How to Create Content with Linkability in Mind
Is your content linkable?
Linkability – the ability of your content, page, asset, or website to get or earn backlinks.
Let’s face it, everyone is going crazy about content, it is always the king! Content consumerism is at its peak right now and safe to say up to next 5 years or so. Content is the game changer if you want to succeed in the digital space. People are looking for help and information, it influence decision-making purchases a lot.
Content also play a big part on link building. For many SEO agencies, content development is a prerequisite to many of their services offered. With great content, business websites can prove its worth and showcase its expertise.
Now that Penguin was included already in the algorithm, the demand for high-quality links is always there.
Content and Linkability
Will the content get links? As an agency, it is imperative that we prove to our clients that our content idea is linkable simply because our clients put money on content; therefore we need to make sure that we can get all the juice from the content.
Even though link building gets a bad rap, since it has been associated with many bad and shady practices. Link building will remain as a key ingredient to getting your website positioned on organic searches.
(As showcased on recent Moz studies)
Agencies shape-shifted their expertise and brand their link building as “white hat” or “link earning”; still, it’s link building. It aims to influence search engines to rank your pages on keyword searches higher.
Why it’s important to prove linkability?
We are not talking about creating a 300-word blog post here. If you want a content that can drive links, its either you bulk your site with it or you create a mega content that can be picked up by content consumers and linkers. Proving the link equity of your content is essential to make sure that you are in the right direction.
Let’s put it this way: you cannot just go ahead and ask for a budget when you are planning to develop a content. You need to prove it’s worth first and all the advantages that the business can get before jumping in and investing in a content.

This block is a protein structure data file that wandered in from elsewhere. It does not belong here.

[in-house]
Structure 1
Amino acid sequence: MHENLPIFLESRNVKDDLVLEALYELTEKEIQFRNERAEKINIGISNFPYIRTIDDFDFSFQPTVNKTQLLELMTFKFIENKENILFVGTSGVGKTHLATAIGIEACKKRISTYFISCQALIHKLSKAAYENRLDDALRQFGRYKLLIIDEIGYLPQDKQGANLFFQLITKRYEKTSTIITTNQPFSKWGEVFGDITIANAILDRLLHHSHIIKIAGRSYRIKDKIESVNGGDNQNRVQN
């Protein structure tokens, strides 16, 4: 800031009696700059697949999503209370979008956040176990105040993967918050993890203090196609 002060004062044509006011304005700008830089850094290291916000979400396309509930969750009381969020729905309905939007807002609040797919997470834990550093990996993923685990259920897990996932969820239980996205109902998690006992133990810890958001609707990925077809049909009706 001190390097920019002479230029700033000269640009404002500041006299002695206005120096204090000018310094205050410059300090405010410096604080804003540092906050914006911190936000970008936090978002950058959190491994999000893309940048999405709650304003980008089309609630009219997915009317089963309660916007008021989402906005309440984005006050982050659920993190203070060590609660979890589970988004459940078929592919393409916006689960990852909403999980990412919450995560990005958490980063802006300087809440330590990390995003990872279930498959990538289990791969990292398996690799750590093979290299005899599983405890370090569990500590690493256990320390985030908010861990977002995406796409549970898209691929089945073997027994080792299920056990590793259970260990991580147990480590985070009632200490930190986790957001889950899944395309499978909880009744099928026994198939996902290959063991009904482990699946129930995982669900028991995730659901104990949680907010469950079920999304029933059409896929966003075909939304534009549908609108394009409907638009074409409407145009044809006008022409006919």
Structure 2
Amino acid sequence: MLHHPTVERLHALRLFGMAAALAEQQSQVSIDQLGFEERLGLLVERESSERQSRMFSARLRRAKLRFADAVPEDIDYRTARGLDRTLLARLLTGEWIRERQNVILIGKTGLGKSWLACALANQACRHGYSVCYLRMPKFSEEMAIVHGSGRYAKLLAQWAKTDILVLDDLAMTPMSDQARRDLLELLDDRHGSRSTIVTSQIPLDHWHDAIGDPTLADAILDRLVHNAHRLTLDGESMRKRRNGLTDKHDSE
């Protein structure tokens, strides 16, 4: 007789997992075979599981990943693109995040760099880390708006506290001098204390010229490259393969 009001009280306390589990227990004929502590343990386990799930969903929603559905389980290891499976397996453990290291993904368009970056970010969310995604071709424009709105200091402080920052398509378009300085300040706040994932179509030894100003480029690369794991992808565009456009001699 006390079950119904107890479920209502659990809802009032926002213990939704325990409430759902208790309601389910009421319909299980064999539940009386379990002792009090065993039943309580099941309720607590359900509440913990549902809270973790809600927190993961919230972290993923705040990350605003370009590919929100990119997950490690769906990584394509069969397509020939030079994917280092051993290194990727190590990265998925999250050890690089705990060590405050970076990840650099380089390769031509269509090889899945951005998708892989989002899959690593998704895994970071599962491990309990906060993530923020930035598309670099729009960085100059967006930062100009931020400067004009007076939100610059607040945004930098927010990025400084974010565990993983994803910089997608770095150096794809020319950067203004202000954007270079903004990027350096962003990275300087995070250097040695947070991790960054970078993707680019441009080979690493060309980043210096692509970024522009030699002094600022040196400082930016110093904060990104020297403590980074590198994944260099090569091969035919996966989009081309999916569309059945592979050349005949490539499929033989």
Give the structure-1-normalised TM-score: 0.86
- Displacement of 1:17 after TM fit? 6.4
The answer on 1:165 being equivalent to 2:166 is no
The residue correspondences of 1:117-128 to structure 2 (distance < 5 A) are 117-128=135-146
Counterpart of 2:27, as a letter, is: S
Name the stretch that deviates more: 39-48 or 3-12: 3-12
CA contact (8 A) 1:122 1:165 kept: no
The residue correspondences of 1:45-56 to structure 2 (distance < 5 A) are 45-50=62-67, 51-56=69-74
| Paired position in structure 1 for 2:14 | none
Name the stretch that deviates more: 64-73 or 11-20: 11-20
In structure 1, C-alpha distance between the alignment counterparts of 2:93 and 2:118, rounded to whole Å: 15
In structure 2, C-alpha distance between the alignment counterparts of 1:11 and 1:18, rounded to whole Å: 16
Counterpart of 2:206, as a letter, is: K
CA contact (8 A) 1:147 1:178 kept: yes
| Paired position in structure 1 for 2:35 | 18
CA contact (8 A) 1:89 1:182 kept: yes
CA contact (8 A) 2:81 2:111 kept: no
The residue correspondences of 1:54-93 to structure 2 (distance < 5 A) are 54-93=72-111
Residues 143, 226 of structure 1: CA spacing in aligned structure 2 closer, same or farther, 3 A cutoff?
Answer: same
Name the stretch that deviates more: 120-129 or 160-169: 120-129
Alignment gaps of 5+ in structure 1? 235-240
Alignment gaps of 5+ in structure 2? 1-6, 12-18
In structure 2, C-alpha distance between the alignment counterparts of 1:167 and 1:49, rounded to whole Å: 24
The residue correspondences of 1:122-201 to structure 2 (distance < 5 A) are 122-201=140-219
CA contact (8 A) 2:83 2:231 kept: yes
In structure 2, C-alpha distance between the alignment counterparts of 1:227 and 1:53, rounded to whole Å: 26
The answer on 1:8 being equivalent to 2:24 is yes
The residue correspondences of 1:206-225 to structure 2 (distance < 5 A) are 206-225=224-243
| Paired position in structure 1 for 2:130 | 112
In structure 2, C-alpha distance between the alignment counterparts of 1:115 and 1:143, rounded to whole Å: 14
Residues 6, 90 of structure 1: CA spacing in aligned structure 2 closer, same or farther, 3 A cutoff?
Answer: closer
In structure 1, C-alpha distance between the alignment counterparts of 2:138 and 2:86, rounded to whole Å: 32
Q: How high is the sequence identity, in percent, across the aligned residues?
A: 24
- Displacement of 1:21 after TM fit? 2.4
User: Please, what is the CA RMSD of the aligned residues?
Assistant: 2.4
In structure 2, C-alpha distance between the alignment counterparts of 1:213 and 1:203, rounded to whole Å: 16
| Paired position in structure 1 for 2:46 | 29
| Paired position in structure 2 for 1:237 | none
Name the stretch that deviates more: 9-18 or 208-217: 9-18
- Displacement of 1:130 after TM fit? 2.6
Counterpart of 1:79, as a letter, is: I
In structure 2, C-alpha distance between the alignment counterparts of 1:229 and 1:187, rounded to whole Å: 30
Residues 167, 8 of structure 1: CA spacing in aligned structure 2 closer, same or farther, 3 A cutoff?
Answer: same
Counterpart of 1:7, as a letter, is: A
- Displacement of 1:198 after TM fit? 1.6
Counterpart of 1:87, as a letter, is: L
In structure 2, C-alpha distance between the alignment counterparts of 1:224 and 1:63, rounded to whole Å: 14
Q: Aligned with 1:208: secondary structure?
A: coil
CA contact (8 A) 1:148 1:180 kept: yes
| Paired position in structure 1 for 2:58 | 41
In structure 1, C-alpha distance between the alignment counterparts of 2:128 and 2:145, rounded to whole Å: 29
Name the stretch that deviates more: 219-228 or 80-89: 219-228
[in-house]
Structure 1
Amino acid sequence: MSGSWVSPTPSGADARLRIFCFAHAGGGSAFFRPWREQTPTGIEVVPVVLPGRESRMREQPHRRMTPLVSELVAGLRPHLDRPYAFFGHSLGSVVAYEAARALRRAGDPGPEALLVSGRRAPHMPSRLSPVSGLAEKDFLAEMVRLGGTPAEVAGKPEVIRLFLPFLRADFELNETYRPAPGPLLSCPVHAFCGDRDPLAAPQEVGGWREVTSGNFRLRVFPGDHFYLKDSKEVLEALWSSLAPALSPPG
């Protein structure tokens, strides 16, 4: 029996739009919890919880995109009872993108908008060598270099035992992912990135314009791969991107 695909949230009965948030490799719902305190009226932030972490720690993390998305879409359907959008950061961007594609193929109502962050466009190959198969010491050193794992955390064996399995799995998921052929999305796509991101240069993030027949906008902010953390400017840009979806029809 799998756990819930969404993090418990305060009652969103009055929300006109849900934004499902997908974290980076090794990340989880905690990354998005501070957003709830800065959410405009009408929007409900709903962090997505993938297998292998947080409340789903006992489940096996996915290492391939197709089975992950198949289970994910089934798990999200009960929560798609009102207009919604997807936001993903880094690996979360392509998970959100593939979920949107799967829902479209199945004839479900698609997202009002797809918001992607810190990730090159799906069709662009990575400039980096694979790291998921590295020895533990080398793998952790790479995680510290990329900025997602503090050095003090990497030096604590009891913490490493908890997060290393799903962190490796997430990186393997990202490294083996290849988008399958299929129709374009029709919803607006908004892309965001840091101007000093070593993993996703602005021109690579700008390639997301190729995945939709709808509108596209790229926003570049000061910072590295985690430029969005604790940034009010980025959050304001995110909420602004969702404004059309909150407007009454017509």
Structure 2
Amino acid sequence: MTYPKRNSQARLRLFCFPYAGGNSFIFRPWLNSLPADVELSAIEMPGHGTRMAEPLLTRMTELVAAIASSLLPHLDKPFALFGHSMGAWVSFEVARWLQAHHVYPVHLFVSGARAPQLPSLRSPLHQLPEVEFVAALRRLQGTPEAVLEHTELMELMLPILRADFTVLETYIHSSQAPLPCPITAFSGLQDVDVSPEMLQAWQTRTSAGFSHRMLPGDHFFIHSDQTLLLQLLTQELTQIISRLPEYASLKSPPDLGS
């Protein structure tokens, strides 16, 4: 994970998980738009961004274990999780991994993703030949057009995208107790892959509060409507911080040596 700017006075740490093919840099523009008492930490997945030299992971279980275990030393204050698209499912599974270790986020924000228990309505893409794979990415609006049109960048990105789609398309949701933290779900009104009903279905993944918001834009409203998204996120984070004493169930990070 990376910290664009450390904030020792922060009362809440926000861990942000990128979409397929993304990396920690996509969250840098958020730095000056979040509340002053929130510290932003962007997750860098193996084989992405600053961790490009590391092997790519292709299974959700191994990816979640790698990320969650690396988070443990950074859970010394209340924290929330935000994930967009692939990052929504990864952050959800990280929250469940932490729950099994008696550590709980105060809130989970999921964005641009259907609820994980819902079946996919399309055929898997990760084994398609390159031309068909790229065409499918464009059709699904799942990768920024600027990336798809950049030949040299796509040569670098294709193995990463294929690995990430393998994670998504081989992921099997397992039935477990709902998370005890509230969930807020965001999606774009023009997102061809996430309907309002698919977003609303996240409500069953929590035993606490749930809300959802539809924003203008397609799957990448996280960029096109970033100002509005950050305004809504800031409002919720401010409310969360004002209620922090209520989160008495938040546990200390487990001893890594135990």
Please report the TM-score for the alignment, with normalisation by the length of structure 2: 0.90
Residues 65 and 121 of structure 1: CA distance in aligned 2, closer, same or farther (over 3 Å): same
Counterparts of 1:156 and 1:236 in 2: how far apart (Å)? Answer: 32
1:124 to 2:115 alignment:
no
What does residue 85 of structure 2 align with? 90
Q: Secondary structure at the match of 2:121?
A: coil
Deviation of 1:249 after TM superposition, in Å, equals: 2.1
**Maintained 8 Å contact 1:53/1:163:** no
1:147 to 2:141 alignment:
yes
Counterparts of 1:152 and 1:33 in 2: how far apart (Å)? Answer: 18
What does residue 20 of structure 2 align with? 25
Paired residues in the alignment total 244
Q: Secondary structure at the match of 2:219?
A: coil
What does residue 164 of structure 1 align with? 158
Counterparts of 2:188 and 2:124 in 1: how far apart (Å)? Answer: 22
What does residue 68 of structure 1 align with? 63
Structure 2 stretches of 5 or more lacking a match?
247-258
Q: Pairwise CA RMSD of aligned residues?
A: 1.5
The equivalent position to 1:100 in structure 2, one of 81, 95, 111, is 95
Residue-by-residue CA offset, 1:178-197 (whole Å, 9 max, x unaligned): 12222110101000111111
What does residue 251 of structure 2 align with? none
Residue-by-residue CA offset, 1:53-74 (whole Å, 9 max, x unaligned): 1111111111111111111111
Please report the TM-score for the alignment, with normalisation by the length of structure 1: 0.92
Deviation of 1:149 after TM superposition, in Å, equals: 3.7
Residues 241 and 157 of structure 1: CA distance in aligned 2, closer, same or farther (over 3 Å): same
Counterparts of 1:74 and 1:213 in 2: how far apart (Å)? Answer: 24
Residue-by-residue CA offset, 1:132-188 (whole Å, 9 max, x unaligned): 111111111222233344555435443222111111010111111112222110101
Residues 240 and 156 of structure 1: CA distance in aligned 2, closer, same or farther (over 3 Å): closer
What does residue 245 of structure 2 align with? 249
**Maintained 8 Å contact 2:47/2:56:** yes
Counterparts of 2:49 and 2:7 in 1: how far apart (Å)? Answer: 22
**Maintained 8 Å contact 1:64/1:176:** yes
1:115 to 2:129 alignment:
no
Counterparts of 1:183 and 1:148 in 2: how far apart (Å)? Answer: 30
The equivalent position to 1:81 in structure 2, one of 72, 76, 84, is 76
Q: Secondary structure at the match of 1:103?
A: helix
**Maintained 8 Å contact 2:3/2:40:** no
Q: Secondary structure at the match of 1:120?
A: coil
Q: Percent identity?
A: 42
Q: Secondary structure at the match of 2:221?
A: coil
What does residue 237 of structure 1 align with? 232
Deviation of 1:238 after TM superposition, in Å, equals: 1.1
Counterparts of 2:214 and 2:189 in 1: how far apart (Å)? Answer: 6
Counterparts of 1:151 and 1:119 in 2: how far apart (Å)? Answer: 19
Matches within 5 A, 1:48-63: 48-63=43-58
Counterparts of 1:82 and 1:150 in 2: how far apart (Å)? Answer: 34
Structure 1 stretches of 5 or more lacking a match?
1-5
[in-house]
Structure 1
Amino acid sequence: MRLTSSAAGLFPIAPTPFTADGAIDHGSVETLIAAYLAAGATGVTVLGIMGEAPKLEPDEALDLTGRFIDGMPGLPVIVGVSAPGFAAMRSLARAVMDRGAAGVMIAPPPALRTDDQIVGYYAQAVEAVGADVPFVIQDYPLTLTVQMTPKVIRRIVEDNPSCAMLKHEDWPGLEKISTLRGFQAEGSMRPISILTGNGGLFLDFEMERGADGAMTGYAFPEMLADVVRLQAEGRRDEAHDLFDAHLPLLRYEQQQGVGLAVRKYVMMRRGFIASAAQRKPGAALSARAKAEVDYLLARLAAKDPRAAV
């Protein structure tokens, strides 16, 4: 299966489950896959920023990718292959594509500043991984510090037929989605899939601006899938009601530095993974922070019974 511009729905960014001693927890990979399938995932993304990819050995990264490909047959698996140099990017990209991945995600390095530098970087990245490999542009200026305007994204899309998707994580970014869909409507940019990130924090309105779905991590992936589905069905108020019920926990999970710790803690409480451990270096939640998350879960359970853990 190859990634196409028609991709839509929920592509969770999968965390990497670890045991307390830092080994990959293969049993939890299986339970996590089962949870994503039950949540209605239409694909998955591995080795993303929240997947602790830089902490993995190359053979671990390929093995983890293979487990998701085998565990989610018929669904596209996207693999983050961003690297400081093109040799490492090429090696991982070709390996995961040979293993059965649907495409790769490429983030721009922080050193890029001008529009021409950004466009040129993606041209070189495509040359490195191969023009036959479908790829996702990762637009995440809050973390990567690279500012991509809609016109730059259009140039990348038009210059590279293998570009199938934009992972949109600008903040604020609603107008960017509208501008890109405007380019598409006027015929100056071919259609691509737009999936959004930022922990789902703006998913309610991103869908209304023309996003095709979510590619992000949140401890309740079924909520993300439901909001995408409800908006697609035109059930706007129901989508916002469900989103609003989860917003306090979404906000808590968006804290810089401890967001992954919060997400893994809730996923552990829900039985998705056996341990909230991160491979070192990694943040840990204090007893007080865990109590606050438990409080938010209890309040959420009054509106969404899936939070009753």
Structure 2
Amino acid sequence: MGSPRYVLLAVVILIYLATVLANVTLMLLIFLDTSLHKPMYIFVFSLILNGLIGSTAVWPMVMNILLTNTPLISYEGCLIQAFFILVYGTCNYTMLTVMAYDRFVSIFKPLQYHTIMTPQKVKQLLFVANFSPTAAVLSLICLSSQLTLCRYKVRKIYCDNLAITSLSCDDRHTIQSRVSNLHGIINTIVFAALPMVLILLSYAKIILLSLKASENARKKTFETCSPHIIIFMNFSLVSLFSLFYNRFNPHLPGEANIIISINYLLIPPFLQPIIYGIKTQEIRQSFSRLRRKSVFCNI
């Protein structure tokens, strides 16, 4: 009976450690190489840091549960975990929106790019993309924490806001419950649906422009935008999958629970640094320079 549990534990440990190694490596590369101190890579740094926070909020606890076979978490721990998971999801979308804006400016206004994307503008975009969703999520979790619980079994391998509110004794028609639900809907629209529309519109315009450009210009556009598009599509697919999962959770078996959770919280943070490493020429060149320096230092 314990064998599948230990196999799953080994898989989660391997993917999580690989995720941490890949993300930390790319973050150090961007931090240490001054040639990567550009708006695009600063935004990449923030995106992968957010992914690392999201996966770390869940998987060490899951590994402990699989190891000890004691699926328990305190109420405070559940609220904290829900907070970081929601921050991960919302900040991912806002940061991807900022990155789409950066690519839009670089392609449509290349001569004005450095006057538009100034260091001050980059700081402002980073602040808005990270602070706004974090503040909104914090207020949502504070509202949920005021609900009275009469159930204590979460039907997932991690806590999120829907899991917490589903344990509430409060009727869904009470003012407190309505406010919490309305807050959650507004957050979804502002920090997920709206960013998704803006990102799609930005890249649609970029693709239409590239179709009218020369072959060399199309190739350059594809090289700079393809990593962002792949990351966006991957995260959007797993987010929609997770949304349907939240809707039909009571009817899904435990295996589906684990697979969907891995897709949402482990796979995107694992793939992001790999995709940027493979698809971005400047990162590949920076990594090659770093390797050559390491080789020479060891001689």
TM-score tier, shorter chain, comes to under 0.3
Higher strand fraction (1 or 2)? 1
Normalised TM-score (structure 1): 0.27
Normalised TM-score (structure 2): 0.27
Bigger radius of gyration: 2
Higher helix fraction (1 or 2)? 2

Why Think of Linkability When You Can Build Links?
I know you are thinking of this too. Proving linkability is a fail-proof method that we use on our clients who invest in content, and I think SEO and link builders should ALWAYS do it too. Building links is easy but not all links are equal. If you want high quality links, this is the fastest way to build it.
If there are existing contents out there who hasn’t reach its full potential, why not explore it? Do it 10x better and sell it to the same people who bought in on their content.
Proving the Linkability of Content
Here are questions that you need to ask to prove that your content asset is worth the investment:
1. Are there pre-existing content(s) same to your idea?
It’s not like you need to start something pretty unique. There are also businesses who put money and invest on content. Some part of your content might have already been produced by your competitors. Now it’s up to you to determine if you can pick up something and imitate the idea to use it to your own advantage.
For example, if you are handling real estate related clients, producing content should be easy as long as you proof linkability and link equity at the same time.
2. Is there anyone linking on the contents that is vertically related to your content topic?
Once you already know the topic that you could work on, prove if there are people or website who actually link to the content that you have spotted. Use Ahrefs or SEMrush to check for the backlink data.
3. Is there quality on the links that this content has?
Yes, it’s not enough that there is just linking to the content idea. You should spot quality links to proof that the links that will be acquired are going to give you all the advantage moving forward.
4. Is it really possible to get the links to your content?